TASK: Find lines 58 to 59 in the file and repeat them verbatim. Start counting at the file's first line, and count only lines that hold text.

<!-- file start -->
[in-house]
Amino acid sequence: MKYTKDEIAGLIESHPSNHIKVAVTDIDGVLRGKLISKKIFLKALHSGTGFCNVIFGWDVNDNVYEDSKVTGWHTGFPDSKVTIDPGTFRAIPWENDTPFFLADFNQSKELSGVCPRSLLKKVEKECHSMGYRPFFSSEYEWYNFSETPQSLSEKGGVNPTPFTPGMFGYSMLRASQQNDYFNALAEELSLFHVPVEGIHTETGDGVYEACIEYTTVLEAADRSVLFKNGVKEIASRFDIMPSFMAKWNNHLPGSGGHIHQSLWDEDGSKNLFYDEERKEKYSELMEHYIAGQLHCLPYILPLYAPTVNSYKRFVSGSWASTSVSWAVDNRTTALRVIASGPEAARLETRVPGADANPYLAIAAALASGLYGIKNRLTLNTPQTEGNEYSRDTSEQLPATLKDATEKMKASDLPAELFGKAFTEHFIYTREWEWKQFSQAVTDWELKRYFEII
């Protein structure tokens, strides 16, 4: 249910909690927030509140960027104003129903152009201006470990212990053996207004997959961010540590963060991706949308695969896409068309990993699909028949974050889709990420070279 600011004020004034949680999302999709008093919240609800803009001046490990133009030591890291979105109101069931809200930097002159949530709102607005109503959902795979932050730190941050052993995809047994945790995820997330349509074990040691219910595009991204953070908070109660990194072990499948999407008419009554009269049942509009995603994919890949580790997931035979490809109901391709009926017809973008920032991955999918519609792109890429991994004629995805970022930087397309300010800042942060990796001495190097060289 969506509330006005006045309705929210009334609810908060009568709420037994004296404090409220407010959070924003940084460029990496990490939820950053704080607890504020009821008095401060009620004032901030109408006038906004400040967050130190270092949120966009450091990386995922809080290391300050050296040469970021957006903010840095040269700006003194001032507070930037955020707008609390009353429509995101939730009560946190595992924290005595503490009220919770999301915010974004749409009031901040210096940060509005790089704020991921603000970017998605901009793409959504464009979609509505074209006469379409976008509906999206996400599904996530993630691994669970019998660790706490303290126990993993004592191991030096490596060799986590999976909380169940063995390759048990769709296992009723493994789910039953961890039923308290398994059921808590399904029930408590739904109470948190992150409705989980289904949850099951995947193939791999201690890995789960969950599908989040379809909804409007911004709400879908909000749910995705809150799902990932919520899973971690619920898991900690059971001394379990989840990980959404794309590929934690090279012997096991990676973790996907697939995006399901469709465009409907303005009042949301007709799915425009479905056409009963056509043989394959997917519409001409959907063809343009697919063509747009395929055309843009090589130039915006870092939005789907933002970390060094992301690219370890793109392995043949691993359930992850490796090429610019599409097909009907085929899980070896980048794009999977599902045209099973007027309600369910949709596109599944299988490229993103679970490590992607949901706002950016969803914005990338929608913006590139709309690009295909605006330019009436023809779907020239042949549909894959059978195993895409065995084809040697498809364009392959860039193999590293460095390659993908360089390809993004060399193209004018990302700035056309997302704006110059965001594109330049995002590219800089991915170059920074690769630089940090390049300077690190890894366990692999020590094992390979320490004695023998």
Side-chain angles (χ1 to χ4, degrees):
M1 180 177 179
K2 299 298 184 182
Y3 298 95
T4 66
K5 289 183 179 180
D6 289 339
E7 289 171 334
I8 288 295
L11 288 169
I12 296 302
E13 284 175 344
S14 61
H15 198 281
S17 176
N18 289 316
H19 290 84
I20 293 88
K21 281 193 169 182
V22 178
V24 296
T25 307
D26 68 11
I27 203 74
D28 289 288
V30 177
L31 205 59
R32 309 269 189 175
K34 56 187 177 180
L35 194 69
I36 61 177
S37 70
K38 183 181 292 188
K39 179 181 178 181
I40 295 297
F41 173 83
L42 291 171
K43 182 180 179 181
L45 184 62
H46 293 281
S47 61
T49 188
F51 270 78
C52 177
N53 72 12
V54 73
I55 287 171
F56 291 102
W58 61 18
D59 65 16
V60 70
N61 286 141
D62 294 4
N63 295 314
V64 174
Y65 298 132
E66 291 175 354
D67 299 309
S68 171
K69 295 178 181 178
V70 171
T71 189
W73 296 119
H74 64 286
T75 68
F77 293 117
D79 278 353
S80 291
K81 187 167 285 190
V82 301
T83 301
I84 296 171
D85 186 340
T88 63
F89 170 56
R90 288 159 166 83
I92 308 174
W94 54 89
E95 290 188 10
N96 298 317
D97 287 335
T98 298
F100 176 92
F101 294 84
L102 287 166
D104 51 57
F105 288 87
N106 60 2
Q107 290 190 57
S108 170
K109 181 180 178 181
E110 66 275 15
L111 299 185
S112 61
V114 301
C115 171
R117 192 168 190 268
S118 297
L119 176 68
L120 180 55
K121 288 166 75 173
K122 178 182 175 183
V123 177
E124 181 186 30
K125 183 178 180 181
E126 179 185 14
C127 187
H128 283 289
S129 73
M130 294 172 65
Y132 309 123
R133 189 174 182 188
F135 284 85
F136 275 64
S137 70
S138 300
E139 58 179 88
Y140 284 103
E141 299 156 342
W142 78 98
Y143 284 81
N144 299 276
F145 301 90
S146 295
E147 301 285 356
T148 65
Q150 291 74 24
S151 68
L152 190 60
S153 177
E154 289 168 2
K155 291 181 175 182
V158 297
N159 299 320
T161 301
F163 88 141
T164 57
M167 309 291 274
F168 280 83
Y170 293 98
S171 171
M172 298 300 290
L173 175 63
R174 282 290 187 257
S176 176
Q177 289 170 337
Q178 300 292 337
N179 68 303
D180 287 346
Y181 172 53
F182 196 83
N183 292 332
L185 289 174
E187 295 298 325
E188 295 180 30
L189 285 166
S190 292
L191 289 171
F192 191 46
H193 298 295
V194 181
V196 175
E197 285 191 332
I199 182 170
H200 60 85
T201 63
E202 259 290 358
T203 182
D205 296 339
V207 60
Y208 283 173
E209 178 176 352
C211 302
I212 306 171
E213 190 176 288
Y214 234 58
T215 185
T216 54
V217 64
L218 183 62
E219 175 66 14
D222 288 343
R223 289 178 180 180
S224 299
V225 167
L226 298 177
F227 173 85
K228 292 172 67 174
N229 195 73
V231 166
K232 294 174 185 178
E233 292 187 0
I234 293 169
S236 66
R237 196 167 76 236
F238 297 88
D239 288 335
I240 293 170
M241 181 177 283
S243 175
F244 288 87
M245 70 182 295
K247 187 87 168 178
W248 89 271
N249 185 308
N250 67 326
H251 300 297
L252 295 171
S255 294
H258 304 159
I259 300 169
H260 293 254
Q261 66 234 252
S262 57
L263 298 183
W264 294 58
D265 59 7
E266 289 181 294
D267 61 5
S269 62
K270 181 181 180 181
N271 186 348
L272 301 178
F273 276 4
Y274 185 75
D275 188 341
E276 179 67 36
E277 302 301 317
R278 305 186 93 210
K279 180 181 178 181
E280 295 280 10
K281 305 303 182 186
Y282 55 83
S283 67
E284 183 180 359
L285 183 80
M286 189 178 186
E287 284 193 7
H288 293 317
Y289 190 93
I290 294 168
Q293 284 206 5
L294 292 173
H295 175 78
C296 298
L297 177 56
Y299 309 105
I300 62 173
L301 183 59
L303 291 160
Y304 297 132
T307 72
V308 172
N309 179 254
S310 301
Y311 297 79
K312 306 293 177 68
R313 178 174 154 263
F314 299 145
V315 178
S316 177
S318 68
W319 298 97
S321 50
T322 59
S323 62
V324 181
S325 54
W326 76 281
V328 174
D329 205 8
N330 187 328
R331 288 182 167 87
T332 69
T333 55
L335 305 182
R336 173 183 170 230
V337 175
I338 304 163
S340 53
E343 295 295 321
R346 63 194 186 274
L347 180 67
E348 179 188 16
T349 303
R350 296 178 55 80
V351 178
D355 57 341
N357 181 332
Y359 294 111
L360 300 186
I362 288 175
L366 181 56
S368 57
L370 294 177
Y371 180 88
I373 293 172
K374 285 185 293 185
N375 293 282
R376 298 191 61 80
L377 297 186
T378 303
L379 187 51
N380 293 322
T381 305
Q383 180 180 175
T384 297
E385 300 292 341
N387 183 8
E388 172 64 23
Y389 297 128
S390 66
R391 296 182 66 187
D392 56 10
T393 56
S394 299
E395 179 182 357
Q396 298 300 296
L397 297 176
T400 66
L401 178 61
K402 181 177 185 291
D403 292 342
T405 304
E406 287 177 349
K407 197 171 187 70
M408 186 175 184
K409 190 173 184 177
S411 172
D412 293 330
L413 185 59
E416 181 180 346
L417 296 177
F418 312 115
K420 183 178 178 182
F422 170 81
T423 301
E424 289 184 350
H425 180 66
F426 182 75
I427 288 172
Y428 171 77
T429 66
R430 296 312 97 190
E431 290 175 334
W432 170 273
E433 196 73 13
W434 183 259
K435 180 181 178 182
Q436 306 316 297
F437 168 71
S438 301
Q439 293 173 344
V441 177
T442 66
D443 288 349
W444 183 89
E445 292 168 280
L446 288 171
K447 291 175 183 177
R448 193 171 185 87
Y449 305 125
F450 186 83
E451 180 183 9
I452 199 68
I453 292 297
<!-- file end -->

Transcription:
V64 174
Y65 298 132